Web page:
Arts + Life

Arts + Life

Before we get too far into 2016, it's worth taking one more look at what happened to media in the year that just ended. To paraphrase the old saying, ignorance of history dooms you to repeat it. And some of what happened in media in 2015, we really want to avoid repeating.

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DNA from a genetically modified goat, a spritz of perfume, sculptures so small you need a microscope to see them.

They're all headed for the moon.

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Imagine for a moment it's 1925 instead of 2016. And you're living in a stately English manor.

(SOUNDBITE OF JOHN LUNN SONG, "DID I MAKE THE MOST OF LOVING YOU?")

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At the outset, biographer Sonia Purnell didn't know much about Clementine Churchill. "I confess, like millions of others, I had absolutely no idea who Winston Churchill's wife was," Purnell tells NPR's Steve Inskeep.

But then Purnell stumbled onto a letter from 1940, when Winston Churchill had just become prime minister. It was the middle of World War II, and England was in a very bad state.

As a young girl, Maya Shankar was well on her way to a promising career as a classical violinist. The famed Itzhak Perlman had taken her on as his private student at The Juilliard School at the age of 14, and she was accepted to his prestigious summer program on Shelter Island. But not long after, she injured her finger while playing a difficult section of Paganini's Caprice no. 13. She tore a tendon in her hand, putting her musical career to an untimely end.

Egyptian authorities have raided two pillars of the independent arts and culture scene in Cairo over the past 48 hours.

They targeted the Townhouse Gallery of Contemporary Art and the Merit Publishing House, both in downtown Cairo.

NPR's Leila Fadel in Cairo tells our Newscast unit that the raids are raising alarm bells about freedom of expression in Egypt. Here's more from Leila:

John Boyega Is Awakening 'Star Wars' Fans In Nigeria

Dec 29, 2015

Nigeria is falling in love with Star Wars.

Ellsworth Kelly, one of the greatest American artists of the past century, has died at 92.

Kelly died at his home in Spencertown, N.Y., says gallery owner Matthew Marks, who has represented the artist for two decades. Kelly is survived by his longtime partner Jack Shear.

NPR TV critic Eric Deggans spoke to Carrie Kahn on Weekend Edition Sunday about the plethora of television available on broadcast, cable and streaming outlets, and you can hear that conversation at the top of the page. Eric has, however, picked 12 shows that rose above the rest for this year-end wrap.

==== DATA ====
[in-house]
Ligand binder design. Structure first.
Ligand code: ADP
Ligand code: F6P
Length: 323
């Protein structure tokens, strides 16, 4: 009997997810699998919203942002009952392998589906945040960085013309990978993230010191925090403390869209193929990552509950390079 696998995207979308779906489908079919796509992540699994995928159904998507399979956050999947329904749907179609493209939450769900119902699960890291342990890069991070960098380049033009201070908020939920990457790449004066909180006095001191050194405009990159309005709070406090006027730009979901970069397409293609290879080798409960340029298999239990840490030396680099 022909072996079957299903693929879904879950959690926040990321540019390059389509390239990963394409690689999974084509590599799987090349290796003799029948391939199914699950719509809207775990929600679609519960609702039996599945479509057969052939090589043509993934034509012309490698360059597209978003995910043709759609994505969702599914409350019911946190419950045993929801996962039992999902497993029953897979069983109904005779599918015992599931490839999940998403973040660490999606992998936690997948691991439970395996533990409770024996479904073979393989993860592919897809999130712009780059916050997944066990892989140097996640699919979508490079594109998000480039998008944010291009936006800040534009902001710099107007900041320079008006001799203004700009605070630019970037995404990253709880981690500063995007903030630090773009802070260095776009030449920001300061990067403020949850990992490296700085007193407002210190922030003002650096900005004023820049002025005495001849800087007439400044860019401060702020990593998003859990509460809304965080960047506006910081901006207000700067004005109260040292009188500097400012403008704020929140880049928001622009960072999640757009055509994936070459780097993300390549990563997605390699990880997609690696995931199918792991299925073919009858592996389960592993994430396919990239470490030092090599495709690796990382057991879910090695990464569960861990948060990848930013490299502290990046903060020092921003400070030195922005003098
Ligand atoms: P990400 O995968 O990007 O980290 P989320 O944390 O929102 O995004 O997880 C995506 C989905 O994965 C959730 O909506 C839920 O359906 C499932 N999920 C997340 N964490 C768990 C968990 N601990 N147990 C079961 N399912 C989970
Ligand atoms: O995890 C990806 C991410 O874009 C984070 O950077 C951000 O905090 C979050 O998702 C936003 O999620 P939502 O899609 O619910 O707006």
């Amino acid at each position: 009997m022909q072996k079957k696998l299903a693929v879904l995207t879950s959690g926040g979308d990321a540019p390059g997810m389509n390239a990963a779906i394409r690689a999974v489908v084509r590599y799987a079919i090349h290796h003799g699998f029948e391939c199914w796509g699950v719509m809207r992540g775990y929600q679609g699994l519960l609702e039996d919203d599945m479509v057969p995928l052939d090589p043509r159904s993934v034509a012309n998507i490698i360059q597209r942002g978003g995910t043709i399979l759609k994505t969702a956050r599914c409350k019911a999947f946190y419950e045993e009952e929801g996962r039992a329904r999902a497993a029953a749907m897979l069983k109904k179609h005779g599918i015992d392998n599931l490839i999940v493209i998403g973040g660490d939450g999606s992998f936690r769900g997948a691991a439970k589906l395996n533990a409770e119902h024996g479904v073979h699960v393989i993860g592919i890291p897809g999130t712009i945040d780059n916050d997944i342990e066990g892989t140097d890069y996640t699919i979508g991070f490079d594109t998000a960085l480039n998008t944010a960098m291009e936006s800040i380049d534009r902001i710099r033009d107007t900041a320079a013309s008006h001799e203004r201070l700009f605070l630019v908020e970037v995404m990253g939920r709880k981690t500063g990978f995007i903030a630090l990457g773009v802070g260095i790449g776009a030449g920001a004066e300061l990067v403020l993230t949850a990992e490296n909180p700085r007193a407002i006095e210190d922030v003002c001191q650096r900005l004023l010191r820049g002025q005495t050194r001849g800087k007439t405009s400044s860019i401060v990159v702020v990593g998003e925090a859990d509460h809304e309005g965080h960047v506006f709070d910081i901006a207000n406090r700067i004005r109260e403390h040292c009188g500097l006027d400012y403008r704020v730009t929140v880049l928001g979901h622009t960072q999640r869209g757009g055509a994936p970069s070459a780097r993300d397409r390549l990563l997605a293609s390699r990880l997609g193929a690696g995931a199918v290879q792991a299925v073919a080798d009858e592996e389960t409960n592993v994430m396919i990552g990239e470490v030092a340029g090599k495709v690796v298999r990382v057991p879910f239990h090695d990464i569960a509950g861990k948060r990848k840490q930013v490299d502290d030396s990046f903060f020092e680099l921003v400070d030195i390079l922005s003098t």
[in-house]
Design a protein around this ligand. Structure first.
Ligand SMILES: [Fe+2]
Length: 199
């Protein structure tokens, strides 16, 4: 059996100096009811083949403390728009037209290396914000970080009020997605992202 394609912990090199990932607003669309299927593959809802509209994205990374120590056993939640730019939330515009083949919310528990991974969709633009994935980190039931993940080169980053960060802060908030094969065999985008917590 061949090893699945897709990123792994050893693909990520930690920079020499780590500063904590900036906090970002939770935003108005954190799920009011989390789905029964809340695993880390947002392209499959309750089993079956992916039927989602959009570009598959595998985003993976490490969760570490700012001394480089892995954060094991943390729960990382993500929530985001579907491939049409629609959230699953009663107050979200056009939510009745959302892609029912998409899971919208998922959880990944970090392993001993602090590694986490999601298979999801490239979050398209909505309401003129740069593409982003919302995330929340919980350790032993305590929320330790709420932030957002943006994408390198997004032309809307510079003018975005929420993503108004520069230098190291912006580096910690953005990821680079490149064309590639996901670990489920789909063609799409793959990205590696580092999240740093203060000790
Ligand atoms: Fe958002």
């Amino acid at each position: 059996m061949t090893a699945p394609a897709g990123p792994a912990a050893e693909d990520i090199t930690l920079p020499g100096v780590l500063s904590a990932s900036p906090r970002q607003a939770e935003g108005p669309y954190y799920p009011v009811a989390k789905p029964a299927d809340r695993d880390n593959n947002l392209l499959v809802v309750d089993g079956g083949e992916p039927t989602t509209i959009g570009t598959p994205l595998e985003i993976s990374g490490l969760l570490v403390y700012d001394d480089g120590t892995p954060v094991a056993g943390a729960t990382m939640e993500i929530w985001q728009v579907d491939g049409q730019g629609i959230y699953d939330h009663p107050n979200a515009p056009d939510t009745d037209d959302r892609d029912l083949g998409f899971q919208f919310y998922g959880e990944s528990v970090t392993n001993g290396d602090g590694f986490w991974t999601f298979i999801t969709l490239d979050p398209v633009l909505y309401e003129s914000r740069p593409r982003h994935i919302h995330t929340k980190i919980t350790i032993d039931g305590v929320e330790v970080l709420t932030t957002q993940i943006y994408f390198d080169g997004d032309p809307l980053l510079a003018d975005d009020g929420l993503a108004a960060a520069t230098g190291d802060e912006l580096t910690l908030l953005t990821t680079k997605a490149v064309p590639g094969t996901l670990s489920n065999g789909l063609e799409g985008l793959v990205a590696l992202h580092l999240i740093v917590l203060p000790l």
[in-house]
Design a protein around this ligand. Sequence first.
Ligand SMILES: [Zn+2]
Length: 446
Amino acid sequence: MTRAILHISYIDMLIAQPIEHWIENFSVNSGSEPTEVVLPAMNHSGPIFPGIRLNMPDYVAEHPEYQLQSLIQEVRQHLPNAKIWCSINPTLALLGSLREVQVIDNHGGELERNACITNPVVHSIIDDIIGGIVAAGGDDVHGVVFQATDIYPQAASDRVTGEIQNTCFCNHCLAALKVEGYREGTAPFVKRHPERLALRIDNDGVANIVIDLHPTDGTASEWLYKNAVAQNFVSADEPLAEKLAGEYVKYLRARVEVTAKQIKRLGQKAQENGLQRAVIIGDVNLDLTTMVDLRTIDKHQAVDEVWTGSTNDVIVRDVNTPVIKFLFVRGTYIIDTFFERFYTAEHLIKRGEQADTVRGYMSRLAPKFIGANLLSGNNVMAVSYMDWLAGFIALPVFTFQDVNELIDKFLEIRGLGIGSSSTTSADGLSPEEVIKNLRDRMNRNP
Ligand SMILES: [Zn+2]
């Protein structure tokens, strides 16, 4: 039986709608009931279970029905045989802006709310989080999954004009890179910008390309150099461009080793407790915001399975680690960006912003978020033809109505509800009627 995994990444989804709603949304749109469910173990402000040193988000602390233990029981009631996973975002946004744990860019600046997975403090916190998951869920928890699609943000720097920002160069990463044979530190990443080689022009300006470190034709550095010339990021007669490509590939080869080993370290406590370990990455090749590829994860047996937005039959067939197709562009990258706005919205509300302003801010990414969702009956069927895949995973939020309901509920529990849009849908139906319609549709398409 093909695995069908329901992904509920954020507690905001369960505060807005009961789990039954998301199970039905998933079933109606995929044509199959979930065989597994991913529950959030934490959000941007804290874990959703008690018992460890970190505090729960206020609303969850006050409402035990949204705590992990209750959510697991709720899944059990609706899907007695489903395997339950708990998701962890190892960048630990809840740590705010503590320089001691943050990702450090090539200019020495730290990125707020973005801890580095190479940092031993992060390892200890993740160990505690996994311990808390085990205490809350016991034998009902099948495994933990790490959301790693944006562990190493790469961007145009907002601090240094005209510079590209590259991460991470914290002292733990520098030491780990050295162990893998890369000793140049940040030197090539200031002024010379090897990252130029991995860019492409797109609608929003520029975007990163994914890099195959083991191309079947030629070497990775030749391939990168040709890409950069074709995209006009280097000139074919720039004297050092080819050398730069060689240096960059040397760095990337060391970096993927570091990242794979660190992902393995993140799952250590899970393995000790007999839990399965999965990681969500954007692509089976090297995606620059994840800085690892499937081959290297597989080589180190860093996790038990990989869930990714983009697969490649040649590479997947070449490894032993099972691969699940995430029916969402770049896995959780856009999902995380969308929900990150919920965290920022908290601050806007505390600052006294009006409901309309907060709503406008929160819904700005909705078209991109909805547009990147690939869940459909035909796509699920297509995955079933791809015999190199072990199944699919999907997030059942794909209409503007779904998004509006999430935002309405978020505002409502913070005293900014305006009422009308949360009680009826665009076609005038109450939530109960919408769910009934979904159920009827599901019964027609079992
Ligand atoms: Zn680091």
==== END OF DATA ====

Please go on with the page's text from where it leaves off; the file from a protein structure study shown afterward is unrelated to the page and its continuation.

You may see a lot of teeth-gnashing from critics in year-end pieces lamenting how the flood of TV shows this year undermines the industry and makes picking out the best stuff of 2015 nearly impossible.

Don't believe it.

For a glimpse of what's happening in Africa, Guggenheim Bilbao curator Petra Joos recommends watching a film called "The End of Eating Everything."

When Jackie Zanfagna died last year at 25 years old, her parents did something bold. In the first sentence of her obituary they acknowledge what killed her: an accidental overdose of heroin.

Now her mom Anne Marie Zanfagna is pouring her grief out onto canvas and in the process helping other parents who have experienced the same loss.

Frank Stella does huge work — some of it 20 feet tall and twice as long — so he has a suitably supersized studio about an hour's drive north of New York City. With hundreds of artworks and tables strewn with ideas in progress, the studio is a museum in itself.

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A Holiday Favorite: David Sedaris' 'Santaland Diaries'

Dec 25, 2015

You might not expect "Santa's helper" to be a career-altering gig, but for David Sedaris, it changed everything. The writer and humorist spent a season working at Macy's as a department store elf. He described his short tenure as Crumpet the Elf in "The Santaland Diaries," an essay that he first read on Morning Edition in 1992. He was brought to NPR by an up-and-coming producer named Ira Glass.

Instantly, a classic was born. Sedaris' reading has become an NPR holiday tradition. Click the "Listen" link above to hear Sedaris read his tale.

When it came to new programming, broadcast TV didn't impress critic David Bianculli much this year. But if you add in cable and streaming services, then the story changes.

All told, cable and streaming made it "another great year for TV," Bianculli tells Fresh Air's Terry Gross. The year was so good, in fact, Bianculli says he could have made a Top 20 or even a Top 30 list, but in keeping with tradition, he has narrowed it down to 10 — OK, fine, 11 — picks:

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